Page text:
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Montenegro takes gamble on Bond`s Hollywood vision of its attractions

10-Jan-2007 • Casino Royale

Montenegro officials have welcomed Casino Royale as free promotion. However, the elegant and swanky Montenegro depicted in the film is actually Karlovy Vary, in the Czech Republic - reports FTD.

Balkan filmgoers erupted in laughter on seeing James Bond arrive by luxury high-speed train for the dramatic poker game at the centre of Casino Royale, the latest film in the long-running franchise.

For a start, the elegant and swanky Montenegro depicted in the film is actually Karlovy Vary, in the Czech Republic. And real Montenegrin railways are slow, rickety and, on occasion, downright dangerous. Less than a year ago, a local train derailed on a mountainside near Podgorica, the capital, killing 46 people and injuring scores more.

However, such factual discrepancies have not deterred the government of the newly independent Balkan country from riding shotgun on the Bond bandwagon. Officials have welcomed Casino Royale as free promotion. Predrag Nenezic, minister for tourism and environmental protection, says the new 007 film should be "even more effective" than the "Wild Beauty" advertising spots in heavy rotation on US television networks.

According to Mr Nenezic, €60m ($79m, £40m) of investment is under way to improve the rail network, while private operators might soon start scenic mountain rail excursions. "By 2008 and 2009, things will be much different in this country," he said.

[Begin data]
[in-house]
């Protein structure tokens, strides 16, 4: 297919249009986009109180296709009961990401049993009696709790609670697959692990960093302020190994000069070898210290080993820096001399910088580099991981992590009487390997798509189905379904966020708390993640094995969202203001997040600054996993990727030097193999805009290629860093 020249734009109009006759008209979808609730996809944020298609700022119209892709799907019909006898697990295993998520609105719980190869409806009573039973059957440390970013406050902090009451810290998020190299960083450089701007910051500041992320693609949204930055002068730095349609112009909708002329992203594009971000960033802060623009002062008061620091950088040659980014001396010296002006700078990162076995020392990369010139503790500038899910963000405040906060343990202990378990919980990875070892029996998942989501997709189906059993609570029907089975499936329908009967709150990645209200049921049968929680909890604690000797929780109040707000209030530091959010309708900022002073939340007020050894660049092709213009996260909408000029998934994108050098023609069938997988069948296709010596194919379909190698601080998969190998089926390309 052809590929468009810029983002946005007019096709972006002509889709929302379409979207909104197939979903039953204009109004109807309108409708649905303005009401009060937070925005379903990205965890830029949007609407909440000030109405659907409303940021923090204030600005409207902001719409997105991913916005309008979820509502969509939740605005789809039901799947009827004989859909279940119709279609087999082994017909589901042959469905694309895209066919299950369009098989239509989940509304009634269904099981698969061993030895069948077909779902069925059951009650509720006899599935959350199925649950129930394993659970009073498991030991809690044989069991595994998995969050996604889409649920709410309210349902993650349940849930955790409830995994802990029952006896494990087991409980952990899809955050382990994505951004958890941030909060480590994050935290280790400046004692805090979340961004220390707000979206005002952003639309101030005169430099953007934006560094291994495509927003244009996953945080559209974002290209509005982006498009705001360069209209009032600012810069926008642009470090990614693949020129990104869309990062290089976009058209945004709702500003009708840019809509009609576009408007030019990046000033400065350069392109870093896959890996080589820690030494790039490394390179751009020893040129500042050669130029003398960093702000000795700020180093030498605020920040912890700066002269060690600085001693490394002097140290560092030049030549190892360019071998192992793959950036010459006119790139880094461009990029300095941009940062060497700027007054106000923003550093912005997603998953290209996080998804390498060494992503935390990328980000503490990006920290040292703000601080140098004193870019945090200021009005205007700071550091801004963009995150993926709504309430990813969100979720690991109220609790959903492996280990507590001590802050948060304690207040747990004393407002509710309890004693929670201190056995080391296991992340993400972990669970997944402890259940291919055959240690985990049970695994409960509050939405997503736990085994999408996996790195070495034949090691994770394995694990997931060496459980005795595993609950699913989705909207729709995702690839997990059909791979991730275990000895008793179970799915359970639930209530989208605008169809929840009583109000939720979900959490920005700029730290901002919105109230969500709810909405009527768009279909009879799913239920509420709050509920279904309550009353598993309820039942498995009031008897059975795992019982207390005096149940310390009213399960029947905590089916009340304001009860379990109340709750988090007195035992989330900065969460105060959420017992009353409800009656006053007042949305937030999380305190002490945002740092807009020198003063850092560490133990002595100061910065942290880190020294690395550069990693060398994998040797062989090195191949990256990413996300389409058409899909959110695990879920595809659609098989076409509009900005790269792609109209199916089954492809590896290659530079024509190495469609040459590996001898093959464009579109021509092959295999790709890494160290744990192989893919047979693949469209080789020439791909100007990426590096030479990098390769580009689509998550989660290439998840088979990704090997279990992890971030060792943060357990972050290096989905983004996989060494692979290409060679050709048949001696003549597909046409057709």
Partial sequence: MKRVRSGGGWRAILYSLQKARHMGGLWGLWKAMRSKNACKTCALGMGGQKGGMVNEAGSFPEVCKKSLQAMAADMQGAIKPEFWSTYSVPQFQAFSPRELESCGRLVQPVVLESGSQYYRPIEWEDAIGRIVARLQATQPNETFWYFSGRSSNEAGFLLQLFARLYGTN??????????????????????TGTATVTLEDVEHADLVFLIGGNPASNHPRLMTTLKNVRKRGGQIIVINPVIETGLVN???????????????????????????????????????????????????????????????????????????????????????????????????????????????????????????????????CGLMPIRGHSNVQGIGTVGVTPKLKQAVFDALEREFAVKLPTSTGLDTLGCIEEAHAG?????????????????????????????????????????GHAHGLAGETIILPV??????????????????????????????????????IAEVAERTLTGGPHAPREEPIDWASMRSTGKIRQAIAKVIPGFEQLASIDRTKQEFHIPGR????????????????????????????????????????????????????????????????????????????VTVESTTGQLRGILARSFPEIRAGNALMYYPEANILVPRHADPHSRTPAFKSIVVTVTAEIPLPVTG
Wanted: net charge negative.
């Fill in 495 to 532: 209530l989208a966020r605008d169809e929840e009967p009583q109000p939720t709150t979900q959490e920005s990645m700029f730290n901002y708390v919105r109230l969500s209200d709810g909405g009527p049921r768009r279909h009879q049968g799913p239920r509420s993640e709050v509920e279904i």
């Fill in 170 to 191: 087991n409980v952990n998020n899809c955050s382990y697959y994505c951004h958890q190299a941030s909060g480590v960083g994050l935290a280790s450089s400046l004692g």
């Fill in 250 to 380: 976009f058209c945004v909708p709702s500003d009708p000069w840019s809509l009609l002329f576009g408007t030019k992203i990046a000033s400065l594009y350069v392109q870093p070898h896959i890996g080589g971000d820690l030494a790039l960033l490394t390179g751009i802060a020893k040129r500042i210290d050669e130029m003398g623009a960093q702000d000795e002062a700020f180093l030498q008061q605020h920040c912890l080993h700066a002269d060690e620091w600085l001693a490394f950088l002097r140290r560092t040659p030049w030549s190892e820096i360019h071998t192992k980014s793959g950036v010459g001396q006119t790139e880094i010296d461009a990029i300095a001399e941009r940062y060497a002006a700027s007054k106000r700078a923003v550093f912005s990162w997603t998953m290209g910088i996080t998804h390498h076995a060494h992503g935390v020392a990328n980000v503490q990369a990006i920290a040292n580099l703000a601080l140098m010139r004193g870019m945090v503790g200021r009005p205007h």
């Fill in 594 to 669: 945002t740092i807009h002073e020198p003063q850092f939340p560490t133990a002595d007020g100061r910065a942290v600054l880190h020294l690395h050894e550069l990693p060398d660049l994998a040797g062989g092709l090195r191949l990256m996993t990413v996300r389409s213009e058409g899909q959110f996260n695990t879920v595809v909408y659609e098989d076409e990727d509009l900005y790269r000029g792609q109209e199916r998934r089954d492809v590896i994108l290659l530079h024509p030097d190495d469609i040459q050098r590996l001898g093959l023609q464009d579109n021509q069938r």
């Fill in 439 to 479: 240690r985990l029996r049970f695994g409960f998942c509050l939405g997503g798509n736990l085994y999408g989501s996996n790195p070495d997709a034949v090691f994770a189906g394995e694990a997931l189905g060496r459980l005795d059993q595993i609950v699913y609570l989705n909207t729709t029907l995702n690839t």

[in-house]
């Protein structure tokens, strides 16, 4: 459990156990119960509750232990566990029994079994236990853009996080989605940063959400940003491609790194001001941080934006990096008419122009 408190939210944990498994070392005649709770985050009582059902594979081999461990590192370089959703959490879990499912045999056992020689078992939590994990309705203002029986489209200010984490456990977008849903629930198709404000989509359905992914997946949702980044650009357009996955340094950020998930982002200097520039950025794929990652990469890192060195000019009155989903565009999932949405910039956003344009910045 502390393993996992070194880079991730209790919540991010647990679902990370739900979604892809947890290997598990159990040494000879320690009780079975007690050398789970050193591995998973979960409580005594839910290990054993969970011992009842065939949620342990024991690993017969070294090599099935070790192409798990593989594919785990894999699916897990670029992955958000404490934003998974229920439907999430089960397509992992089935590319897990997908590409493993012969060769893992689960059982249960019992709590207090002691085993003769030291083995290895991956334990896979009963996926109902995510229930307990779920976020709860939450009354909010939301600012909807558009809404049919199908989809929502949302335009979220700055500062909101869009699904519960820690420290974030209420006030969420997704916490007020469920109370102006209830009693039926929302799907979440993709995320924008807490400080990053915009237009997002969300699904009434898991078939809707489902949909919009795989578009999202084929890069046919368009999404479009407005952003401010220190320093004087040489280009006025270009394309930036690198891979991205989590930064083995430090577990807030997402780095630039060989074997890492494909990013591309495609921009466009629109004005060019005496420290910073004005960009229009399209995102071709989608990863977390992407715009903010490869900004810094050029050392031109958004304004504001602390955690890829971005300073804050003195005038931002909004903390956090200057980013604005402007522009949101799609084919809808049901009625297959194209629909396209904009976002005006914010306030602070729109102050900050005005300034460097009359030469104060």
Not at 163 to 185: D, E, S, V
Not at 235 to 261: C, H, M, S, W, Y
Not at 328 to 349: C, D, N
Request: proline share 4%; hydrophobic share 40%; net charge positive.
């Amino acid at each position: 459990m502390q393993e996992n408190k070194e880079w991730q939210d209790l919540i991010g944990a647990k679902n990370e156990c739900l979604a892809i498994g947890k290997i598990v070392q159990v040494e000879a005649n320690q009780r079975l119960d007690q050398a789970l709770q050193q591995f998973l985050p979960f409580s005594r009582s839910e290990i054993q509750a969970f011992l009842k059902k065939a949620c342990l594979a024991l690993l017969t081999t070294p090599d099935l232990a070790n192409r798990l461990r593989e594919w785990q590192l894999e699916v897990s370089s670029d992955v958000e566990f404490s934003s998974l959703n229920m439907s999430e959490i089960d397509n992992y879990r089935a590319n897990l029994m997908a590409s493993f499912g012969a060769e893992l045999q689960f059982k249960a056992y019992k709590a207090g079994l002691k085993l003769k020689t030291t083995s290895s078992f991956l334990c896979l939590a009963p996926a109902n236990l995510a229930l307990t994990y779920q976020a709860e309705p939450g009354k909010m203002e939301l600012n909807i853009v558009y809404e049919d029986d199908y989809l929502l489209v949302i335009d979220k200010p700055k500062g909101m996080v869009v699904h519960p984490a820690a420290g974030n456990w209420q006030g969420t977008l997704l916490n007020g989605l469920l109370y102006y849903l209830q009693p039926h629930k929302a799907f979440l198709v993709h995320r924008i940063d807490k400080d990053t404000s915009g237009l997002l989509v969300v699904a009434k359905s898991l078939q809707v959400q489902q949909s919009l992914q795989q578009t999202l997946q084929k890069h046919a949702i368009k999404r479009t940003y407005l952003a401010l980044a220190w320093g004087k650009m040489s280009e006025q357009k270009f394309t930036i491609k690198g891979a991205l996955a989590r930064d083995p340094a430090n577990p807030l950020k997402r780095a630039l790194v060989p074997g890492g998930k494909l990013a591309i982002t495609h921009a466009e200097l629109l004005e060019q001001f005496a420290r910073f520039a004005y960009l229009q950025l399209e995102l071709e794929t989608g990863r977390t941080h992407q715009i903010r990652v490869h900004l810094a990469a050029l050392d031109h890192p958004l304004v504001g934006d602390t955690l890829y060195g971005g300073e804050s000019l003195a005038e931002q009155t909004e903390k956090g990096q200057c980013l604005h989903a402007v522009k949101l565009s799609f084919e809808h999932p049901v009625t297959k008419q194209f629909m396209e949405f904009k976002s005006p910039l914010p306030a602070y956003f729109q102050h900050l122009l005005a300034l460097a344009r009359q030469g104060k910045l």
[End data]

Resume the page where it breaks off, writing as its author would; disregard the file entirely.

Five-star hotels are going up and low-cost charter flights are under discussion. However, the country of only 650,000 people will have to hurry to improve its deficient infrastructure for the hoped-for inflows.

The smallest ex-Yugoslav republic gained independence from Serbia in a peaceful referendum in May. It received about 1m visitors this year, up 17 per cent on 2005. With a larger share coming from the European Union, revenues rose more than 20 per cent, according to the tourism ministry.

Independent statehood has brought new obligations to Montenegro's modest capital city. Podgorica must find accommodation for foreign embassies and international organisations. In recent years the city has spent €120m on water services and other infrastructure. Upcoming building projects above ground will bring back some of the charm destroyed by bombs in the second world war, says Miomir Mugosa, the city's mayor.

The local filmmaking industry looks at Casino Royale as a lost opportunity. Perhaps not a surprise given the scale of the industry. Podgorica has only one cinema - which has yet to show Casino Royale.

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